Thoughts on Viernes…11222013

Remembering JFK…


Obviously, I was born 8 years after President Kennedy’s assassination, but I’ve known about him ever since I was in the single digits. Much like many Chicano households in South Texas, we had some sort of photo or tapestry in our house, too. For us, it was a 4 ft. by 6 ft. velvet tapestry that took up half of our dining room wall. When I first asked my parents who that guy was, my mom explained to me Kennedy’s history–the young president who cared a lot for Mexicanos and was felled by a bullet because a one guy hated him that much. And then she told me about the family, about Bobby, and Teddy.  And, thus, my fascination with the Kennedys.

My mom still gets a little sad when she recalls the events of November 22. Not just because of the usual “what might have been,” but the sadness that politics and hatred caused a young girl and boy to lose their dad. That a young widow would now have to take care of her kids on her own under a very hot spotlight. And, even today, how a family would suffer through various tragedies. The story is a sad one, but for my parents, it was also one filled with hope–hope that was passed on to my sisters and me. And to this day, it’s still a hope worth fighting for.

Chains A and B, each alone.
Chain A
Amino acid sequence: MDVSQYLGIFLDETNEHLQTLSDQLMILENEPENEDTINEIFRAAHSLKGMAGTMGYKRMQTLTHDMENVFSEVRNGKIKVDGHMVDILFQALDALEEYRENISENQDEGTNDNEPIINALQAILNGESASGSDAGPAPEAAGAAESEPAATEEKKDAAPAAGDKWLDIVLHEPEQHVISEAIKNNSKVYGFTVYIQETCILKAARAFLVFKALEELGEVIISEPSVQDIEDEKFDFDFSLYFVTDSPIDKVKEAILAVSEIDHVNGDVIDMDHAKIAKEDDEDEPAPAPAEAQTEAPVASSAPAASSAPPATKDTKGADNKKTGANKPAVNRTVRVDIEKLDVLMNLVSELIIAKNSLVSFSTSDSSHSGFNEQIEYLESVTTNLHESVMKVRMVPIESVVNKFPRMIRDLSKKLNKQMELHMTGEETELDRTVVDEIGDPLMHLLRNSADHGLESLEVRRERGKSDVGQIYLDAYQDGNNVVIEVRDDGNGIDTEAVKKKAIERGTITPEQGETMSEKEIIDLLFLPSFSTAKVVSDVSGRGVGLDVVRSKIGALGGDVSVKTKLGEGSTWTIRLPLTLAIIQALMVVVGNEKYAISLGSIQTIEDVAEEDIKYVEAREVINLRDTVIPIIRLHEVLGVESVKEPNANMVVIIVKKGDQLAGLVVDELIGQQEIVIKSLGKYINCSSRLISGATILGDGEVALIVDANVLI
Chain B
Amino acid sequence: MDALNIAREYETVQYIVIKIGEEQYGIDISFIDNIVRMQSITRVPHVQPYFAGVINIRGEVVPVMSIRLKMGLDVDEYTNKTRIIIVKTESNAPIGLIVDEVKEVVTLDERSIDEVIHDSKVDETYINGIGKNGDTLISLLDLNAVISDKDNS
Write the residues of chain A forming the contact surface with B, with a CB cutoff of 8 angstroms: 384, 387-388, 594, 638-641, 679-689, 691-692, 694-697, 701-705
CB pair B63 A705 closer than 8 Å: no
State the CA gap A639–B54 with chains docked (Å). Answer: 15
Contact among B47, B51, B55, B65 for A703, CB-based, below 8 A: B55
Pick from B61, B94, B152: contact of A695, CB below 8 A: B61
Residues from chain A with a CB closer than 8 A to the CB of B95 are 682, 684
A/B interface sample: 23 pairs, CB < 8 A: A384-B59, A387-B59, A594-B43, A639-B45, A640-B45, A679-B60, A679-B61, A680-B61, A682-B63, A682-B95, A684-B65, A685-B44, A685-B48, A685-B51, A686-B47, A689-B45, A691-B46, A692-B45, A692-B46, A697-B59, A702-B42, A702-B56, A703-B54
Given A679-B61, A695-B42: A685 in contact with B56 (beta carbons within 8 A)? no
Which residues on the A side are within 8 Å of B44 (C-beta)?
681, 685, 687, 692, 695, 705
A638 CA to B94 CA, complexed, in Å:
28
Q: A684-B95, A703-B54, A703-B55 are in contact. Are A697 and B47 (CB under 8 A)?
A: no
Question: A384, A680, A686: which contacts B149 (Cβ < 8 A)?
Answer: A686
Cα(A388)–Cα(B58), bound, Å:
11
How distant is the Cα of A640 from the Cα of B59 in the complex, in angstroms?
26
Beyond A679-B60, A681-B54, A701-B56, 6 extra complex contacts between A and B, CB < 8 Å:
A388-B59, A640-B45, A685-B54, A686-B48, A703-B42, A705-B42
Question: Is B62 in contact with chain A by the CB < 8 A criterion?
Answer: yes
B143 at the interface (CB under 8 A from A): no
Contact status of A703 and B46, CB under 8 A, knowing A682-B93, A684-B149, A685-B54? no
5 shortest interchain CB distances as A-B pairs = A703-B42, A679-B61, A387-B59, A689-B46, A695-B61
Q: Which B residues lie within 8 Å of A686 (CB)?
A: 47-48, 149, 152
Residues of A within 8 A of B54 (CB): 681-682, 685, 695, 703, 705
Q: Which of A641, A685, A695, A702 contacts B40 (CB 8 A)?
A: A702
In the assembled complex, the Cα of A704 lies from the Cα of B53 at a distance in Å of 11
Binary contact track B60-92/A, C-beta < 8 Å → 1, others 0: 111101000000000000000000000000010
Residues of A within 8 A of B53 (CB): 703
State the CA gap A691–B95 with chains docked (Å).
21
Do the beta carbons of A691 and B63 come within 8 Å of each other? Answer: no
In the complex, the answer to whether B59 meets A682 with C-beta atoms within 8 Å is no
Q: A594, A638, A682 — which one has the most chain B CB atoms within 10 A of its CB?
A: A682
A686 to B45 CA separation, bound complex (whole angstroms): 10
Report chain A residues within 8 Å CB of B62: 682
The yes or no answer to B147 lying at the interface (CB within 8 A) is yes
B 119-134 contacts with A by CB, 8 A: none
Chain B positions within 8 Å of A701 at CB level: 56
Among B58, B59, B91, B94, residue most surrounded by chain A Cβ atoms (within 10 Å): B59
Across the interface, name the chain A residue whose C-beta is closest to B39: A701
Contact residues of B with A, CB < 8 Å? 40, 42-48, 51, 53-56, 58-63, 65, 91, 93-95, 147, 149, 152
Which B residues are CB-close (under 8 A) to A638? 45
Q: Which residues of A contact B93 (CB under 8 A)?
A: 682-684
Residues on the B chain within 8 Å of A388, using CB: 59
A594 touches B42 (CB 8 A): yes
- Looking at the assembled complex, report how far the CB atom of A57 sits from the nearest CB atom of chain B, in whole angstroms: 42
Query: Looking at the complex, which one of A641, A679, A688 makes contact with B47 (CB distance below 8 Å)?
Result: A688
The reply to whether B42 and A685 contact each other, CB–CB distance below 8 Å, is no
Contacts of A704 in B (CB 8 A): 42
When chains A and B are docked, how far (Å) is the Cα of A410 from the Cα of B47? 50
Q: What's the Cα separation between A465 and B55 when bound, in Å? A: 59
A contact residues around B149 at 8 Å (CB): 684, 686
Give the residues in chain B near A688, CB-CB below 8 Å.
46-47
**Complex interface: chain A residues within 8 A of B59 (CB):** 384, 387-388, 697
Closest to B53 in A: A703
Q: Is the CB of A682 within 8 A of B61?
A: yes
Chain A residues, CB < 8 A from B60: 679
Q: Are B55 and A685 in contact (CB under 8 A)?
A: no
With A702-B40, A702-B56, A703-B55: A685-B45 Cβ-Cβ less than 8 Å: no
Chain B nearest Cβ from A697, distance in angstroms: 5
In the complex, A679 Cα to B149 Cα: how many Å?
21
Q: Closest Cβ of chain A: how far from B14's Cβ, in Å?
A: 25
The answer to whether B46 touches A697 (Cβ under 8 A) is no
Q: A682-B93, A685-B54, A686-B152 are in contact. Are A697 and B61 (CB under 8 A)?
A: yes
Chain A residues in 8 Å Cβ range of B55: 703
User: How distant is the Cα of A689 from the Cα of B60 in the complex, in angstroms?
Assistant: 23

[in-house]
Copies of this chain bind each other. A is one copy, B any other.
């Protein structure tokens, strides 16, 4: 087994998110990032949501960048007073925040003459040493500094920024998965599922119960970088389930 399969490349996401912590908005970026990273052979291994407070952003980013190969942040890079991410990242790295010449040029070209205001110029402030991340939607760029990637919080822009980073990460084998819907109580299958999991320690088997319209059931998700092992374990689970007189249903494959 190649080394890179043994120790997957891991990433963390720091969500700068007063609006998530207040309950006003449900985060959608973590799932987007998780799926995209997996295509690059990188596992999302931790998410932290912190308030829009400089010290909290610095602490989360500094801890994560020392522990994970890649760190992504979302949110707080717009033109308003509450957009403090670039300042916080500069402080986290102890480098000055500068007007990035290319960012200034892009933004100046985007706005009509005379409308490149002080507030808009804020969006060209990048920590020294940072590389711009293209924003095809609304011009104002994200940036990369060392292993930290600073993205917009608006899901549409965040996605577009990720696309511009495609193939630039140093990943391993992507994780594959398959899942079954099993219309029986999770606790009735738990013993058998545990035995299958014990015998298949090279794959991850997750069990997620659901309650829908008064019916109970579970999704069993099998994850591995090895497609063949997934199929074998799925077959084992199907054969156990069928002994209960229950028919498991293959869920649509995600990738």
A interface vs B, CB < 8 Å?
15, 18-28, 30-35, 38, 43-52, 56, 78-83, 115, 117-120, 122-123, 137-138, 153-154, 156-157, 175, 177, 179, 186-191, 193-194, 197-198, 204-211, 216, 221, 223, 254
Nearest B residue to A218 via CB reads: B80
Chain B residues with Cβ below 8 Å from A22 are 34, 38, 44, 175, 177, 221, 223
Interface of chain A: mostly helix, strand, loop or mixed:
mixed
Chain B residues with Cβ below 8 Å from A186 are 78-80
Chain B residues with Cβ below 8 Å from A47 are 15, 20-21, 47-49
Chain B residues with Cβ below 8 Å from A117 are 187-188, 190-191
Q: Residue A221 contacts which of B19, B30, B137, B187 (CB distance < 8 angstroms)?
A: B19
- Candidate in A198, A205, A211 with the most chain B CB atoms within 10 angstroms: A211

No More Algebra II?

The State Board of Education, in their infinite pendejismo, has decided to take out Algebra II as a graduation requirement.

Instead of requiring students who choose to enroll in one of five enrichment areas, or “endorsements,” to take the math course to graduate, the board amended the proposal to require only students who specialize in science and math to take the course.

The problem is that Algebra II is required to get into college. The bottom line is that students get tracked–placed into a virtual sub-class of students which top-tier and other universities will not even consider for admissions.

Treisman said the math course is critical for students to meet college and career readiness standards, be eligible for automatic admission to public universities under the state’s “top 10 percent” law, have sufficient mathematical knowledge to avoid remediation courses upon entering college and keep their career options open.

I wasn’t a fan of math until I took it in college with a professor who actually cared about students learning the stuff. (Go figure!) It shouldn’t only be required, more resources should go to helping kids become college-ready.  SBOE will vote again today, and then again in January. Given the 14-1 vote, there’s no doubt that if you want to change things, 2014 is when we can decide. Vote Wendy Davis. Vote Leticia Van de Putte. Vote Democratic!

Kennedy Video – Church and State, Houston, TX

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